The message behind your book is its theme, and it will underscore the whole story. For instance, Nineteen Eighty-Four follows a man yearning for love in a world where individuality and original thought is not only a sin, but a crime. But what the book is really about is the human right for freedom of privacy. If you want your novel to be attractive to prospective readers, you need to first understand how to think like a reader. You know how when gossip moves through the grapevine, it tends to stray further and further from the truth as it passes from person to person? This is because any time a person tells a story, they inevitably add their own unique biases, thoughts, and perspectives.
For this reason, choosing the point of view your novel will be told from is an extremely important step and will have a huge impact on the actual story itself. If, on the other hand, the book took place in modern day Texas and a year old Elizabeth Bennett spoke those words, it would stick out like a sore thumb.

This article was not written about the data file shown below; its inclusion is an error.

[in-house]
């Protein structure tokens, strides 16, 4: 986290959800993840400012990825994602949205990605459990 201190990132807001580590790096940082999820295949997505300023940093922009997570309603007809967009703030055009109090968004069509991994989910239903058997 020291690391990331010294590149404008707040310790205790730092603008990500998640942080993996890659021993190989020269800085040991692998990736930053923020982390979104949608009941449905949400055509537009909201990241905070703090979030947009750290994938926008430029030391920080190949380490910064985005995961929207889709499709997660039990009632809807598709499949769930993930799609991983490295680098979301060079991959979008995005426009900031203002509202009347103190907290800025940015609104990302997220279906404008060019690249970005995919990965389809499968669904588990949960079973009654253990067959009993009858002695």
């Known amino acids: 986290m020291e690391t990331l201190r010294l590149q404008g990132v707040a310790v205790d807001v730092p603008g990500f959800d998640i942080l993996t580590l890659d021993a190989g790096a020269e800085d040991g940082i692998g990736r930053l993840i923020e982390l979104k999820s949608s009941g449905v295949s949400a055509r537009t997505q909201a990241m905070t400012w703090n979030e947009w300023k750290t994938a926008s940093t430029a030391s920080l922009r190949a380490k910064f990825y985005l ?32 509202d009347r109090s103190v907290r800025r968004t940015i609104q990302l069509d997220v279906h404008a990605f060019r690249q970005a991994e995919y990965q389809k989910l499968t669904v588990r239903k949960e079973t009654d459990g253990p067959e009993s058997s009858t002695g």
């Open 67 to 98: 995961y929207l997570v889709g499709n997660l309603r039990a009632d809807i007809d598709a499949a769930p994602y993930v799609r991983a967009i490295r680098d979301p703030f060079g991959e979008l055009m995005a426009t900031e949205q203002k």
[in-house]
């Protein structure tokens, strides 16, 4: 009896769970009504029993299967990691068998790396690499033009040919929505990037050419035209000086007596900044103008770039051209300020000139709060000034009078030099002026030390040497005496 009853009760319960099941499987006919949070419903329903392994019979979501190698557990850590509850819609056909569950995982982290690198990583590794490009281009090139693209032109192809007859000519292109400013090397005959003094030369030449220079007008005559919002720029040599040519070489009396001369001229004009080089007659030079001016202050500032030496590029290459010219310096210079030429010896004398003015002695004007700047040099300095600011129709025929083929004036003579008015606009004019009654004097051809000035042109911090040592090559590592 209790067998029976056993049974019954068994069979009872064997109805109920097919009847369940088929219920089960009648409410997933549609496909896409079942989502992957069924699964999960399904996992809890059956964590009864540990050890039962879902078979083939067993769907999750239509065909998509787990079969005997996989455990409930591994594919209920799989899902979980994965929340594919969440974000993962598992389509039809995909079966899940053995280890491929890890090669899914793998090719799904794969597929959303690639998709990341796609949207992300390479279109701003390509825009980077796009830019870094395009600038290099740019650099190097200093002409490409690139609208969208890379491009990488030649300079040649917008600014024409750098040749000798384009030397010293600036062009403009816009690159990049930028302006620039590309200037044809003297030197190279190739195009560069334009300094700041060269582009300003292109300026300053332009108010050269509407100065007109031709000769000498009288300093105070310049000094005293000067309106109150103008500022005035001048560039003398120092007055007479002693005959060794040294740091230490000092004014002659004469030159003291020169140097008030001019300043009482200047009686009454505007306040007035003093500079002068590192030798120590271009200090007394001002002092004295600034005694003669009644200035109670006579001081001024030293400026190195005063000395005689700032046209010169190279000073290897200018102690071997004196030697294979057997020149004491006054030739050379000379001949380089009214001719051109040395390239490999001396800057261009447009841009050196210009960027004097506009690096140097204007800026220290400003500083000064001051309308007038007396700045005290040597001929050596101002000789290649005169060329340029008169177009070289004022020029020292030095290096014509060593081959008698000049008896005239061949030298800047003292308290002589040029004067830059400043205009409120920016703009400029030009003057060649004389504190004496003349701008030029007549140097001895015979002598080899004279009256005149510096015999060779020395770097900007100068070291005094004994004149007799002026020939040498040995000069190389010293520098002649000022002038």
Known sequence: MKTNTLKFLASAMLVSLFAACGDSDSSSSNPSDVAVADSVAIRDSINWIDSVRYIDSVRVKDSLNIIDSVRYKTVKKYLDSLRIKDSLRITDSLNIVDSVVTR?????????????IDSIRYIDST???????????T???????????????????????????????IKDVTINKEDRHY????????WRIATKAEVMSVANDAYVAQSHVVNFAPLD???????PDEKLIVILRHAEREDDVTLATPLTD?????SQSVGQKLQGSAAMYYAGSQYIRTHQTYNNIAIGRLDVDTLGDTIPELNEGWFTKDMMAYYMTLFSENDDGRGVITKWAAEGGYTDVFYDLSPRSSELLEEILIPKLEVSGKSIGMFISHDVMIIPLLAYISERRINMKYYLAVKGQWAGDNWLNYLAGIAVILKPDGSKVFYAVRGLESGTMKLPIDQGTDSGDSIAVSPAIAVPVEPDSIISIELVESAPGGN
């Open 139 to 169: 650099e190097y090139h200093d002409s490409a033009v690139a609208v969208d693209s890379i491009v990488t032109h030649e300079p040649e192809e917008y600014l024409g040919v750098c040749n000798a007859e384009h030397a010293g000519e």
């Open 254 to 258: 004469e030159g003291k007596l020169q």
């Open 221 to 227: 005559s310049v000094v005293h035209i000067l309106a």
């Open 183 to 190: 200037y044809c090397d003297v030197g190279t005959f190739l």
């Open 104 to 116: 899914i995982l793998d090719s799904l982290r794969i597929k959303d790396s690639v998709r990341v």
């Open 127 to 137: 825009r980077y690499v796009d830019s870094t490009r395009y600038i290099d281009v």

The key here is context — and the context or setting of your novel will dictate everything about it, from character to plot to conflict, and beyond. If you are planning to write about a setting outside of your own immediate knowledge, make sure you do adequate research. If your novel is historical, learn all about conducting historical research in our free, ten-day course.
Or consider working with sensitivity readers if you are writing about a place or culture outside your own. This is not the case with developing your characters. While it is definitely important for an author to picture what their characters look like, starting from the inside and working your way out is a better approach. Once you have these core elements established, you can start exploring other aspects of your characters using these resources:.